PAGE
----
'We need to step up our game': Liberal Leader says response to fentanyl crisis falls short

Liberal Leader David Swann says the Alberta government's newest measures to deal with the fentanyl crisis, announced Tuesday, are not enough.

343 people in Alberta died of apparent drug overdoses related to fentanyl last year

Liberal Leader Dr. David Swann says the province is falling short in its response to the opioid crisis. (CBC)

The Alberta government's latest measures to deal with the ongoing fentanyl crisis are not enough, says Alberta Liberal Leader David Swann.

Swann, a medical doctor, spoke to the Calgary Eyeopener Wednesday, a day after the province announced greater access to naloxone kits, and grants to support agencies establishing supervised consumption sites.  

The government said Tuesday 343 people died of apparent drug overdoses related to fentanyl last year, up from 257 in 2015.

"We need to step up our game. We need to coordinate more effectively, and we need to put more resources into this critical issue that takes, now, one life a day in Alberta," Swann said.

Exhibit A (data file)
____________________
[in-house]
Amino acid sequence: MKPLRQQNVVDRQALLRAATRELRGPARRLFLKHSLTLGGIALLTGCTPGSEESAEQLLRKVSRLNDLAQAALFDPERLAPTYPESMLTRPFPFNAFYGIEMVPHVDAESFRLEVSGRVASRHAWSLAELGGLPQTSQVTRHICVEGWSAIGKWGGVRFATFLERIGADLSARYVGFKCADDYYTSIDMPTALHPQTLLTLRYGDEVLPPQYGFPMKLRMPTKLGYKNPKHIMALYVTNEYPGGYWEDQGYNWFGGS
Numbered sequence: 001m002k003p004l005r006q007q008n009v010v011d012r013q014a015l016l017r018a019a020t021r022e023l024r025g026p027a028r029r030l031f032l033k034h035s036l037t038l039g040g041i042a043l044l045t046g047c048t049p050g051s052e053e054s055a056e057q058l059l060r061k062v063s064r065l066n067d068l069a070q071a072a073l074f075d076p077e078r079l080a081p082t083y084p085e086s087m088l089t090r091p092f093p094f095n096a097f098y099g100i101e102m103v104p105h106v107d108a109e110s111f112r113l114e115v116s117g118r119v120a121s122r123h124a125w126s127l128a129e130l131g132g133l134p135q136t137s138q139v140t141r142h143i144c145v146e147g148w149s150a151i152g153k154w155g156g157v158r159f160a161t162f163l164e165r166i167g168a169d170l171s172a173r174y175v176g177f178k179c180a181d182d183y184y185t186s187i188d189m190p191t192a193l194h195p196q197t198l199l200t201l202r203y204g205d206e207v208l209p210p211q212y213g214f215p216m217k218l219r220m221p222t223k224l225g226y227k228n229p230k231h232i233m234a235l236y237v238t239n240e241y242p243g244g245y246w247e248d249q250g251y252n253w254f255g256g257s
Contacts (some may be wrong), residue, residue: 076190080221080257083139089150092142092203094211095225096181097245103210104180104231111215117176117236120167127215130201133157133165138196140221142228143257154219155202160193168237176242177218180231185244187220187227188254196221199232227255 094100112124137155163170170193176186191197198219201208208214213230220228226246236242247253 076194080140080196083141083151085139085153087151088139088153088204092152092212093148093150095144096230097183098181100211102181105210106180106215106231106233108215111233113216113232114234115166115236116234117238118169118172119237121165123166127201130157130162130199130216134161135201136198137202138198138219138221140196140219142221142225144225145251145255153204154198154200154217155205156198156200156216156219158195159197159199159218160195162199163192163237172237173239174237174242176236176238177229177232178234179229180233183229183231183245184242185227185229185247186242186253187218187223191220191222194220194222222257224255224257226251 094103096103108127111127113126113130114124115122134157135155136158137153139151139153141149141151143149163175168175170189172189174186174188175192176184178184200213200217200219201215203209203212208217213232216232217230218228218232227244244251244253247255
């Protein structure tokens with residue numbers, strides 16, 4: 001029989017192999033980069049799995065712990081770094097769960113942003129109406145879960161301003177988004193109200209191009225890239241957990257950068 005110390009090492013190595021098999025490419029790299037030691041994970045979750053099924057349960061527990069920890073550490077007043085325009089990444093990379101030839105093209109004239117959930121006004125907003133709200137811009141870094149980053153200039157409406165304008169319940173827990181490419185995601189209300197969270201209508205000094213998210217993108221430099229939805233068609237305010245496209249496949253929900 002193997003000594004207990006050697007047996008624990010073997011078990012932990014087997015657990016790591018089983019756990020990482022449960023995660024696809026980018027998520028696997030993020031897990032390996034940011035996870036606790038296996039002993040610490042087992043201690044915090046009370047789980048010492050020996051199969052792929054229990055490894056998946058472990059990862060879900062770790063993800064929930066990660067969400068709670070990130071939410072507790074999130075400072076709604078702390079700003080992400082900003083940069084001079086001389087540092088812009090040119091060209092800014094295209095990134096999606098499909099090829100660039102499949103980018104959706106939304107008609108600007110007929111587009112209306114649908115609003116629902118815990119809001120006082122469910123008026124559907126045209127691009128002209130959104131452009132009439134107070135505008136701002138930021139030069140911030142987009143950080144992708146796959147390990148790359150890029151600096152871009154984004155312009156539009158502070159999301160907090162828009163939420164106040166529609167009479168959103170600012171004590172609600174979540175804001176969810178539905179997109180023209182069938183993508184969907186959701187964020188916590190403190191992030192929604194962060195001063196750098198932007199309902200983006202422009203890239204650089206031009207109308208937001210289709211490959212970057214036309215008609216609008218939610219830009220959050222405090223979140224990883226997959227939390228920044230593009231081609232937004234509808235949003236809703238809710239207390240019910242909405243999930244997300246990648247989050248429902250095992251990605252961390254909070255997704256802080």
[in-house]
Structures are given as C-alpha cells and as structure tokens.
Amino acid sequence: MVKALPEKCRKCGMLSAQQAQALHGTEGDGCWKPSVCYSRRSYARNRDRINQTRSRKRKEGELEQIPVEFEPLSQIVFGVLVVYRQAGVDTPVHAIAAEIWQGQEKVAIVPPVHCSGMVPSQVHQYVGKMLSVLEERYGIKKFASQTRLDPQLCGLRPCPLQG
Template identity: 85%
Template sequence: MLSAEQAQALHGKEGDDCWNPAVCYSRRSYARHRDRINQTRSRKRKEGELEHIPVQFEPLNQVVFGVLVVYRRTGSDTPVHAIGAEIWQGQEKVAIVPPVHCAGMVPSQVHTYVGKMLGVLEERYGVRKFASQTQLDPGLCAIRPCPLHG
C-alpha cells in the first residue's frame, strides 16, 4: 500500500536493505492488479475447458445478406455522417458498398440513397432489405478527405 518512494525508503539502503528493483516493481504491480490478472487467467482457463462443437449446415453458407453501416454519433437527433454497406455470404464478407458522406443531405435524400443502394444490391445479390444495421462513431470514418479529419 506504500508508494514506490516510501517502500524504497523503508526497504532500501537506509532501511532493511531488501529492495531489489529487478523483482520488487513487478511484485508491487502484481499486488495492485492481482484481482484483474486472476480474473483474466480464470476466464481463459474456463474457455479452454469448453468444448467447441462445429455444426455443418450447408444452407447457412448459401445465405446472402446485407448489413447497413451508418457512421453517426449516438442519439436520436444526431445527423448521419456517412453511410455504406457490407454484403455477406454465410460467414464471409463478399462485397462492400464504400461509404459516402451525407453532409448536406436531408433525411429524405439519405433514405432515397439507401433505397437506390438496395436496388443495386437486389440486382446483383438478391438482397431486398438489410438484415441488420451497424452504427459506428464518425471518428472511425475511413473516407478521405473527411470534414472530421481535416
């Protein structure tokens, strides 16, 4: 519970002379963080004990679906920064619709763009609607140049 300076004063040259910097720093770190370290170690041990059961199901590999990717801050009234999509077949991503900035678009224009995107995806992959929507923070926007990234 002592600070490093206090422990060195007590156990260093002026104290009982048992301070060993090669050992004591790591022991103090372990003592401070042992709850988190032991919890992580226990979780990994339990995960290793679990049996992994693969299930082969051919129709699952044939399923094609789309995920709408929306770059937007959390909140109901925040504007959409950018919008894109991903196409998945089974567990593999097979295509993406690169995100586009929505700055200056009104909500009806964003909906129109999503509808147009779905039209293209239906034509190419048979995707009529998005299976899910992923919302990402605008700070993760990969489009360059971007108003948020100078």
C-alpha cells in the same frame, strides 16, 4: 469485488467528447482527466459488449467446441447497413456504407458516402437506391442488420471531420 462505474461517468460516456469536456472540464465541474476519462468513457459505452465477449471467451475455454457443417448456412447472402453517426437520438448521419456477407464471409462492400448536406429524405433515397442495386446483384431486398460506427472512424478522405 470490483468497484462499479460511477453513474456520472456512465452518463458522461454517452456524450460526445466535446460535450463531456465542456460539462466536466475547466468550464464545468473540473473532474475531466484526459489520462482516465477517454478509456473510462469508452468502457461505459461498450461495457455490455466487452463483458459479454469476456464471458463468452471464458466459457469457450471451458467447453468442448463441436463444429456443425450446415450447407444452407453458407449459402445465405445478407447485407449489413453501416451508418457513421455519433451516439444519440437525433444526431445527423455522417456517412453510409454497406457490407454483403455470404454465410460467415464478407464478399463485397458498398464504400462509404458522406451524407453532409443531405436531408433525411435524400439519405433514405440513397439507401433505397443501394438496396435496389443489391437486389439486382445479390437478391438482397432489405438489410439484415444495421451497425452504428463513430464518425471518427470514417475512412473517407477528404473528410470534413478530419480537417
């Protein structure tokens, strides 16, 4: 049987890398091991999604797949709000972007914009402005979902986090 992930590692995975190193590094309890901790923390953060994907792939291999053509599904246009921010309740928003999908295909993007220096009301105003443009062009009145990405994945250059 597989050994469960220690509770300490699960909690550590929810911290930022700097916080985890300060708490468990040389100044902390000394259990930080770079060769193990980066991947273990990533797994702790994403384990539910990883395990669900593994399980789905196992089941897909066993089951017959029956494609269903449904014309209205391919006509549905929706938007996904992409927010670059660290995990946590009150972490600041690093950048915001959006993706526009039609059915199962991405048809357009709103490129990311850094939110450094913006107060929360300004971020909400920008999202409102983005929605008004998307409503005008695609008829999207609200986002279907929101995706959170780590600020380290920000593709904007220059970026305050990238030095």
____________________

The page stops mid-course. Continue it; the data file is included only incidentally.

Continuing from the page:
While it's "nice" there's now greater access to naloxone, Swann said more help is needed. 

"It is in no way a substitute for access to comprehensive, coordinated services that people need to start to heal and start to come to grips with a very tough disease called addiction," he said.

Last fall, Swann called on the Alberta government to declare a public health state of emergency to tackle what he called a fentanyl addiction epidemic.

He also held a town hall meeting last October about the fentanyl crisis.

On Wednesday, Swann estimated less than 10 per cent of the people in the province with addictions are getting treatment.

"Clearly there's a big gap in access and focus for people with this disease," he said.

With files from the Calgary Eyeopener